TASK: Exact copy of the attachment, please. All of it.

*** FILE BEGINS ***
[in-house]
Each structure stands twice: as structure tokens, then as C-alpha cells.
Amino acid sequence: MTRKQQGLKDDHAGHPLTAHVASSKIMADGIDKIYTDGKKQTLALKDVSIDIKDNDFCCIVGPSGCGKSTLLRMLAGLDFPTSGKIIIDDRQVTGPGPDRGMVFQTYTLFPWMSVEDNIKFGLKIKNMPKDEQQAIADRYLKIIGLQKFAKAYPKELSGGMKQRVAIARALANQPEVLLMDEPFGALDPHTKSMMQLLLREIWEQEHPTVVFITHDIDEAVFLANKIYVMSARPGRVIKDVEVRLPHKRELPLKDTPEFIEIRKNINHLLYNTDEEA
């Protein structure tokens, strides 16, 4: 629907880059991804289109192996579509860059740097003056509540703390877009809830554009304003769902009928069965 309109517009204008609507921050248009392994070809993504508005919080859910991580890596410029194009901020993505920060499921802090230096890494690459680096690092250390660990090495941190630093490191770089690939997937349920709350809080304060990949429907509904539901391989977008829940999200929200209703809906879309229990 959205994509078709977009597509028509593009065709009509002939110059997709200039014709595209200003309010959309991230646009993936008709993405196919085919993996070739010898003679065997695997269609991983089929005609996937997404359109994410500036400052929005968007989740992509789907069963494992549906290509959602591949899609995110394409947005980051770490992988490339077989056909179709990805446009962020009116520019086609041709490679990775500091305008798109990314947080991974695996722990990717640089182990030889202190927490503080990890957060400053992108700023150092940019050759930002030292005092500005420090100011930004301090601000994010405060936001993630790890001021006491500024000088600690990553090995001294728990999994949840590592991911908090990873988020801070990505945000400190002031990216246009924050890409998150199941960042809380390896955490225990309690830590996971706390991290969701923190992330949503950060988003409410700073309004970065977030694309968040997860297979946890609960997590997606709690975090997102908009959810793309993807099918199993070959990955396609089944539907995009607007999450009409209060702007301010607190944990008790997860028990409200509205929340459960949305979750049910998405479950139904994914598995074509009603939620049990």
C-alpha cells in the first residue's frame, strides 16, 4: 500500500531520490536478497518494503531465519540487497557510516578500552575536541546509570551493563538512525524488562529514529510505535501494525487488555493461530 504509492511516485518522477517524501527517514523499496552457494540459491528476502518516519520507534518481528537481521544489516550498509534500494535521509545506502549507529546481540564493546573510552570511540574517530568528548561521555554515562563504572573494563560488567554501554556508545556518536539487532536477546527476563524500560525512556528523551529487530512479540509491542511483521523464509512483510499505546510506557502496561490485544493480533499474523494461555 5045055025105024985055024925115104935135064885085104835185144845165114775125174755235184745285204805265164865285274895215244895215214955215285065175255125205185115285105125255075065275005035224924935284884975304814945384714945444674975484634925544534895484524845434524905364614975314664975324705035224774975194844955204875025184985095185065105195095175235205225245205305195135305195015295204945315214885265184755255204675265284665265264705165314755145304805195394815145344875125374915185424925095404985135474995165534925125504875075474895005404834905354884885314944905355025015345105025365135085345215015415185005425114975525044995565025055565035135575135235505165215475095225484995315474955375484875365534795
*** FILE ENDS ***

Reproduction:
[in-house]
Each structure stands twice: as structure tokens, then as C-alpha cells.
Amino acid sequence: MTRKQQGLKDDHAGHPLTAHVASSKIMADGIDKIYTDGKKQTLALKDVSIDIKDNDFCCIVGPSGCGKSTLLRMLAGLDFPTSGKIIIDDRQVTGPGPDRGMVFQTYTLFPWMSVEDNIKFGLKIKNMPKDEQQAIADRYLKIIGLQKFAKAYPKELSGGMKQRVAIARALANQPEVLLMDEPFGALDPHTKSMMQLLLREIWEQEHPTVVFITHDIDEAVFLANKIYVMSARPGRVIKDVEVRLPHKRELPLKDTPEFIEIRKNINHLLYNTDEEA
């Protein structure tokens, strides 16, 4: 629907880059991804289109192996579509860059740097003056509540703390877009809830554009304003769902009928069965 309109517009204008609507921050248009392994070809993504508005919080859910991580890596410029194009901020993505920060499921802090230096890494690459680096690092250390660990090495941190630093490191770089690939997937349920709350809080304060990949429907509904539901391989977008829940999200929200209703809906879309229990 959205994509078709977009597509028509593009065709009509002939110059997709200039014709595209200003309010959309991230646009993936008709993405196919085919993996070739010898003679065997695997269609991983089929005609996937997404359109994410500036400052929005968007989740992509789907069963494992549906290509959602591949899609995110394409947005980051770490992988490339077989056909179709990805446009962020009116520019086609041709490679990775500091305008798109990314947080991974695996722990990717640089182990030889202190927490503080990890957060400053992108700023150092940019050759930002030292005092500005420090100011930004301090601000994010405060936001993630790890001021006491500024000088600690990553090995001294728990999994949840590592991911908090990873988020801070990505945000400190002031990216246009924050890409998150199941960042809380390896955490225990309690830590996971706390991290969701923190992330949503950060988003409410700073309004970065977030694309968040997860297979946890609960997590997606709690975090997102908009959810793309993807099918199993070959990955396609089944539907995009607007999450009409209060702007301010607190944990008790997860028990409200509205929340459960949305979750049910998405479950139904994914598995074509009603939620049990």
C-alpha cells in the first residue's frame, strides 16, 4: 500500500531520490536478497518494503531465519540487497557510516578500552575536541546509570551493563538512525524488562529514529510505535501494525487488555493461530 504509492511516485518522477517524501527517514523499496552457494540459491528476502518516519520507534518481528537481521544489516550498509534500494535521509545506502549507529546481540564493546573510552570511540574517530568528548561521555554515562563504572573494563560488567554501554556508545556518536539487532536477546527476563524500560525512556528523551529487530512479540509491542511483521523464509512483510499505546510506557502496561490485544493480533499474523494461555 5045055025105024985055024925115104935135064885085104835185144845165114775125174755235184745285204805265164865285274895215244895215214955215285065175255125205185115285105125255075065275005035224924935284884975304814945384714945444674975484634925544534895484524845434524905364614975314664975324705035224774975194844955204875025184985095185065105195095175235205225245205305195135305195015295204945315214885265184755255204675265284665265264705165314755145304805195394815145344875125374915185424925095404985135474995165534925125504875075474895005404834905354884885314944905355025015345105025365135085345215015415185005425114975525044995565025055565035135575135235505165215475095225484995315474955375484875365534795